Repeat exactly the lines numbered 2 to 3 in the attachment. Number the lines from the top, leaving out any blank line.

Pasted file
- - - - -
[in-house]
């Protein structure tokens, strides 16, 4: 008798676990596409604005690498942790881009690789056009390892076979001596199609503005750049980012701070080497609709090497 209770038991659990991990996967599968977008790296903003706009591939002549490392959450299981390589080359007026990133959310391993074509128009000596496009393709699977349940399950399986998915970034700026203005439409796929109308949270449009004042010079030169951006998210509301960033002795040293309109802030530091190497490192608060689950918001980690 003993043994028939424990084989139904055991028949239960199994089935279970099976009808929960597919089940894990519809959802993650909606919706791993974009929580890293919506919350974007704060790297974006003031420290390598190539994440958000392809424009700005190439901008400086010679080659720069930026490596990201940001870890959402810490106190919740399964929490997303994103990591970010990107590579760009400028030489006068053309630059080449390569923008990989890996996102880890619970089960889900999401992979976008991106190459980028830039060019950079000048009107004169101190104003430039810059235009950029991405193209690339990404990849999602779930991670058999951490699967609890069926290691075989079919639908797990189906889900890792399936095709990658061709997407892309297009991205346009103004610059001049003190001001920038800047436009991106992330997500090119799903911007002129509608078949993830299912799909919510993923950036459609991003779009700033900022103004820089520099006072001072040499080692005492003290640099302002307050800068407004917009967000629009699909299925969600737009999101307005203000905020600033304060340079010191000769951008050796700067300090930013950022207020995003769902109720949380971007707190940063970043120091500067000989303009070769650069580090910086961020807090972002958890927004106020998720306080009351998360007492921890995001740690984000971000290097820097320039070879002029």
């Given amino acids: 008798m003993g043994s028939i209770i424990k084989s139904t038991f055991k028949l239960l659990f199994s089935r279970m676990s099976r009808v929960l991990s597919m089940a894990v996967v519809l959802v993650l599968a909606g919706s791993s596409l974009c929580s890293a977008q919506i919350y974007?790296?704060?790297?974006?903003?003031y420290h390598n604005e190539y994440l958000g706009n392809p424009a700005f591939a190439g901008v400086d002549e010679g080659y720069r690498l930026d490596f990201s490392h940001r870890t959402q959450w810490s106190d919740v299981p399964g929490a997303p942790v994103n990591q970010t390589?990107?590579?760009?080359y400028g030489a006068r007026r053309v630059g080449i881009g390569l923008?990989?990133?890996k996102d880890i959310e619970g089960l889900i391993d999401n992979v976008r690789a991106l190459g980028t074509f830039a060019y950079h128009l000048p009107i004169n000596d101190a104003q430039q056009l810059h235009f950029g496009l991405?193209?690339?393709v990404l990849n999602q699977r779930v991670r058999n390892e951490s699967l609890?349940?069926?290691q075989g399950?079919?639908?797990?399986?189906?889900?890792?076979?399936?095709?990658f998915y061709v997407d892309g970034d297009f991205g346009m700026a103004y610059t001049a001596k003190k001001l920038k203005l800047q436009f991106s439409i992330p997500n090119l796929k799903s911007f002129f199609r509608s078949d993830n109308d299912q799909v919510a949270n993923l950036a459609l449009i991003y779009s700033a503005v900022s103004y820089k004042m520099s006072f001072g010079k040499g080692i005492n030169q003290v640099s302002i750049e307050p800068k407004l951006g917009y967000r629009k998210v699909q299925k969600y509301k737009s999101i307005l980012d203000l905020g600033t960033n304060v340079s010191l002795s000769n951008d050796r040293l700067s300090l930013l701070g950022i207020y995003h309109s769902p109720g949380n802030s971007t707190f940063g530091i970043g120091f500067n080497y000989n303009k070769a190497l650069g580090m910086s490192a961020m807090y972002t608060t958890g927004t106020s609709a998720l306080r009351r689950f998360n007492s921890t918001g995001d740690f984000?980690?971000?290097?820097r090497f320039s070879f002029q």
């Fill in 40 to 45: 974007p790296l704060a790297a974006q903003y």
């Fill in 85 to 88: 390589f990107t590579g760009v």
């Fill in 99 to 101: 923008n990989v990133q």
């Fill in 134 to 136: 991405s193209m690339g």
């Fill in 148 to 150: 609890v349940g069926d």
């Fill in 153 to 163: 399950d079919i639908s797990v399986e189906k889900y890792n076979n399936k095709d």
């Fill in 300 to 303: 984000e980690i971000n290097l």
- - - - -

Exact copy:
């Protein structure tokens, strides 16, 4: 008798676990596409604005690498942790881009690789056009390892076979001596199609503005750049980012701070080497609709090497 209770038991659990991990996967599968977008790296903003706009591939002549490392959450299981390589080359007026990133959310391993074509128009000596496009393709699977349940399950399986998915970034700026203005439409796929109308949270449009004042010079030169951006998210509301960033002795040293309109802030530091190497490192608060689950918001980690 003993043994028939424990084989139904055991028949239960199994089935279970099976009808929960597919089940894990519809959802993650909606919706791993974009929580890293919506919350974007704060790297974006003031420290390598190539994440958000392809424009700005190439901008400086010679080659720069930026490596990201940001870890959402810490106190919740399964929490997303994103990591970010990107590579760009400028030489006068053309630059080449390569923008990989890996996102880890619970089960889900999401992979976008991106190459980028830039060019950079000048009107004169101190104003430039810059235009950029991405193209690339990404990849999602779930991670058999951490699967609890069926290691075989079919639908797990189906889900890792399936095709990658061709997407892309297009991205346009103004610059001049003190001001920038800047436009991106992330997500090119799903911007002129509608078949993830299912799909919510993923950036459609991003779009700033900022103004820089520099006072001072040499080692005492003290640099302002307050800068407004917009967000629009699909299925969600737009999101307005203000905020600033304060340079010191000769951008050796700067300090930013950022207020995003769902109720949380971007707190940063970043120091500067000989303009070769650069580090910086961020807090972002958890927004106020998720306080009351998360007492921890995001740690984000971000290097820097320039070879002029």
């Given amino acids: 008798m003993g043994s028939i209770i424990k084989s139904t038991f055991k028949l239960l659990f199994s089935r279970m676990s099976r009808v929960l991990s597919m089940a894990v996967v519809l959802v993650l599968a909606g919706s791993s596409l974009c929580s890293a977008q919506i919350y974007?790296?704060?790297?974006?903003?003031y420290h390598n604005e190539y994440l958000g706009n392809p424009a700005f591939a190439g901008v400086d002549e010679g080659y720069r690498l930026d490596f990201s490392h940001r870890t959402q959450w810490s106190d919740v299981p399964g929490a997303p942790v994103n990591q970010t390589?990107?590579?760009?080359y400028g030489a006068r007026r053309v630059g080449i881009g390569l923008?990989?990133?890996k996102d880890i959310e619970g089960l889900i391993d999401n992979v976008r690789a991106l190459g980028t074509f830039a060019y950079h128009l000048p009107i004169n000596d101190a104003q430039q056009l810059h235009f950029g496009l991405?193209?690339?393709v990404l990849n999602q699977r779930v991670r058999n390892e951490s699967l609890?349940?069926?290691q075989g399950?079919?639908?797990?399986?189906?889900?890792?076979?399936?095709?990658f998915y061709v997407d892309g970034d297009f991205g346009m700026a103004y610059t001049a001596k003190k001001l920038k203005l800047q436009f991106s439409i992330p997500n090119l796929k799903s911007f002129f199609r509608s078949d993830n109308d299912q799909v919510a949270n993923l950036a459609l449009i991003y779009s700033a503005v900022s103004y820089k004042m520099s006072f001072g010079k040499g080692i005492n030169q003290v640099s302002i750049e307050p800068k407004l951006g917009y967000r629009k998210v699909q299925k969600y509301k737009s999101i307005l980012d203000l905020g600033t960033n304060v340079s010191l002795s000769n951008d050796r040293l700067s300090l930013l701070g950022i207020y995003h309109s769902p109720g949380n802030s971007t707190f940063g530091i970043g120091f500067n080497y000989n303009k070769a190497l650069g580090m910086s490192a961020m807090y972002t608060t958890g927004t106020s609709a998720l306080r009351r689950f998360n007492s921890t918001g995001d740690f984000?980690?971000?290097?820097r090497f320039s070879f002029q």